As I learned more about healthcare-associated infections, I knew I had to do something to help bring that information to others. The perfect opportunity arose when I became a film minor, with the hope of eventually making a film to raise awareness. In January of 2012, I contacted Pat Mastors, who I had met the winter after my dad passed away. Pat lost her father in 2007 as a result of C. diff, and has since become a huge advocate for patient safety and awareness, creating the Patient Pod, which is a tool to help keep patients safe in hospitals, nursing homes, and other related environments. She has also been an immense help in the production of this film, as she put me in contact with a number of individuals across the country, and also set up my interview with Dr. David Lowe, an infectious disease specialist who saved the life of one of her close friends. Dr. Lowe’s interview was also immensely helpful, as he explained complicated scientific information in a way that the average person can easily understand.

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Healthcare-Associated Infections: A Silent Epidemic That Took My Father

In July of 2008, my father, Richard G. Croke Jr., went into the hospital for a surgery to remove a piece of his esophagus after being diagnosed with esophageal cancer the previous winter. While the initial chances of survival for this type of cancer were slim, six weeks of chemotherapy and radiation treatments left my dad cancer free. Although the esophagealectomy was an invasive procedure, we were told that the surgery would be the easy part of his journey now that he was cancer free.

The day after his surgery, I went to the hospital to visit him. He was up talking and cracking jokes in his usual manner. Everything seemed fine. Until we received a phone call from the hospital in the middle of the night saying that my dad was extremely ill and might not make it through the night. That was the beginning of the six weeks that changed our lives forever.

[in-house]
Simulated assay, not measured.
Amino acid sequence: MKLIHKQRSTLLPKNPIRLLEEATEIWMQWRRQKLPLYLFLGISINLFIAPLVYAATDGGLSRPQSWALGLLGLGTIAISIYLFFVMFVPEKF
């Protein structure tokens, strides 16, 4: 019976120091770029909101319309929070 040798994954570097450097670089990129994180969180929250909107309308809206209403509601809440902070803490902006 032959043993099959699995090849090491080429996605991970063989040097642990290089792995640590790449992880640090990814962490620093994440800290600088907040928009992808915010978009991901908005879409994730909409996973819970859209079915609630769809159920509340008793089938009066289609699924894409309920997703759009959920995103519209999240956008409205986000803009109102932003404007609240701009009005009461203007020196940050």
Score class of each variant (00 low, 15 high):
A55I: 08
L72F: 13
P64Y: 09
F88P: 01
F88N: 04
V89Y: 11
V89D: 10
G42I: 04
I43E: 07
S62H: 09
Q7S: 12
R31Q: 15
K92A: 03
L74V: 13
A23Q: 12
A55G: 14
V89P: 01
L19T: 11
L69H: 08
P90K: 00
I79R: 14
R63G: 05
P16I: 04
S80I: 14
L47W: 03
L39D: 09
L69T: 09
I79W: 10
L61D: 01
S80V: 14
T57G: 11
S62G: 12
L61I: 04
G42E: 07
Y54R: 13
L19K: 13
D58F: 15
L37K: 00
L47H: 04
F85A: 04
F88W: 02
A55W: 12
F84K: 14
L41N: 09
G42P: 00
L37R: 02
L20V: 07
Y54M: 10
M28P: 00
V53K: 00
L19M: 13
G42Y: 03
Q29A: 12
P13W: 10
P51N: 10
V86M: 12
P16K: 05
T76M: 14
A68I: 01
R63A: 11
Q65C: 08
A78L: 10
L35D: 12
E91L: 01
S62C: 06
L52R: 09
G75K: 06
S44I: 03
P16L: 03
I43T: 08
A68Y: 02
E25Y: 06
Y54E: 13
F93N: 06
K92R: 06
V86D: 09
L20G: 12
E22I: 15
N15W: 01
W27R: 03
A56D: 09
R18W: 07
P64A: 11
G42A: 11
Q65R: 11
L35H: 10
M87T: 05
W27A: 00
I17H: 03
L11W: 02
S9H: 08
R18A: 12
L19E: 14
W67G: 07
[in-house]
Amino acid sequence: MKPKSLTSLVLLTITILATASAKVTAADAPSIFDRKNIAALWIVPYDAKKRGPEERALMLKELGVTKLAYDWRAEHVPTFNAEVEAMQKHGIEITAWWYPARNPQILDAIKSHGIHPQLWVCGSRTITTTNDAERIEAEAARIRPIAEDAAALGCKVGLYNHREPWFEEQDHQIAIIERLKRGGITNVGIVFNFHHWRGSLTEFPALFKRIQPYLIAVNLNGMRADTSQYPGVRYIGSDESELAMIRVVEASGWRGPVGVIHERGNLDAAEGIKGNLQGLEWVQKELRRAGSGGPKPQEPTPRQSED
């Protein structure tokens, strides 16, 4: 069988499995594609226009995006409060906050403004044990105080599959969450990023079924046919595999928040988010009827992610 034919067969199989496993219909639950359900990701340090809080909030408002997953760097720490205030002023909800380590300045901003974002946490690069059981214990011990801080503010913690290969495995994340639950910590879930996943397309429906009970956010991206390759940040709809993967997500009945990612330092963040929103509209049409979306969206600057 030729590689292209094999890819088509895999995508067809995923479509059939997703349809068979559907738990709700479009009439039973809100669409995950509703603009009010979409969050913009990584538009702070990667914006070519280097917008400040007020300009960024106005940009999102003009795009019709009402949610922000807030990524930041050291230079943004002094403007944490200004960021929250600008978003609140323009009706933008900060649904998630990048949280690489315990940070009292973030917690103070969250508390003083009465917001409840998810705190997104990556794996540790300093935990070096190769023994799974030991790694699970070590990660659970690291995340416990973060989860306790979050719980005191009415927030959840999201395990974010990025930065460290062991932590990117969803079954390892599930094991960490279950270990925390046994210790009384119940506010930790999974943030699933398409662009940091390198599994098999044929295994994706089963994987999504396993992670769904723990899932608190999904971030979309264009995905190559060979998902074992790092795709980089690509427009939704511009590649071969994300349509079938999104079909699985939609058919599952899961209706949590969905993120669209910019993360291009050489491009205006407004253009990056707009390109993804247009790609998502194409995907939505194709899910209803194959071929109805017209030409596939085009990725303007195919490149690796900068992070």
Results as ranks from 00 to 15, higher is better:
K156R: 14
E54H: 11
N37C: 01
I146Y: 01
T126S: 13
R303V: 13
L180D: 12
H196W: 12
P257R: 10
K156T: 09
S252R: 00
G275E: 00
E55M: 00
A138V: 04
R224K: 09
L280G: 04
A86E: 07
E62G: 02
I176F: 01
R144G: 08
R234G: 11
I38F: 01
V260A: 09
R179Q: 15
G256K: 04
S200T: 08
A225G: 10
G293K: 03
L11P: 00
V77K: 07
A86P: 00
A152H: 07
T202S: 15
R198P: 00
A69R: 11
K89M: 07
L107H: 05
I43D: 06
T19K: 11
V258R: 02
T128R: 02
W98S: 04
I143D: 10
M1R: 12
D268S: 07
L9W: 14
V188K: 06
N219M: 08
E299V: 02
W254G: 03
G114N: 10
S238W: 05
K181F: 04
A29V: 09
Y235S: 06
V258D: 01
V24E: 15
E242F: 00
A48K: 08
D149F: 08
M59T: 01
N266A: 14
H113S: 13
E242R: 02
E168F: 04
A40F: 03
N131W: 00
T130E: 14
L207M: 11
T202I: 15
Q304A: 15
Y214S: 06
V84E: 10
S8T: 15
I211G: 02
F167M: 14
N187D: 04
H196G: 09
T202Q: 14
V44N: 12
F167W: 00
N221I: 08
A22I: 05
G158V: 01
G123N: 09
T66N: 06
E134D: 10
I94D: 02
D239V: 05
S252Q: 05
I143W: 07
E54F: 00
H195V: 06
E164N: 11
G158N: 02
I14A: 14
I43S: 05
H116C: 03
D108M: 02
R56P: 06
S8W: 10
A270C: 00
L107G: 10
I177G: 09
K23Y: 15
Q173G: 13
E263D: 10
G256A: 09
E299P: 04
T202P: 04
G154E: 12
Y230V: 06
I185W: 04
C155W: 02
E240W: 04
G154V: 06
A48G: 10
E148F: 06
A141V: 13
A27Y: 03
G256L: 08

Upon entering his ICU room that night, my dad was full of almost 100 pounds of excess fluid, was attached to a number of IVs, and had a ventilator breathing for him. We were told that my dad was in septic shock, which was caused by MRSA entering the bloodstream through the contaminated central line on his foot. He spent six weeks in the hospital, and for a while was getting better until he caught C. diff about a month after the initial bout with sepsis.

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The Growing Temptation to Underreport Healthcare-associated Infections

Over the past decade, there has been much written about the rise of antibiotic resistant pathogens and the growing numbers of serious healthcare-associated infections. Some statistics have put the total cost of healthcare-associated infections at around $35-$45 billion dollars1. Infections associated with MRSA have been estimated to cost about $3-$4 billion2 and ventilator-associated pneumonia costs another $3 billion3. The truth is that we really do not know the extent of the problem or the associated costs, and this in itself is a problem. Whatever the number, we can all agree that the costs of healthcare-associated infections are an enormous drain on the economy, and this is prior to factoring in any of the socio-economic multiplier effects of HAIs due to death, loss of employment, impact on families/companies etc.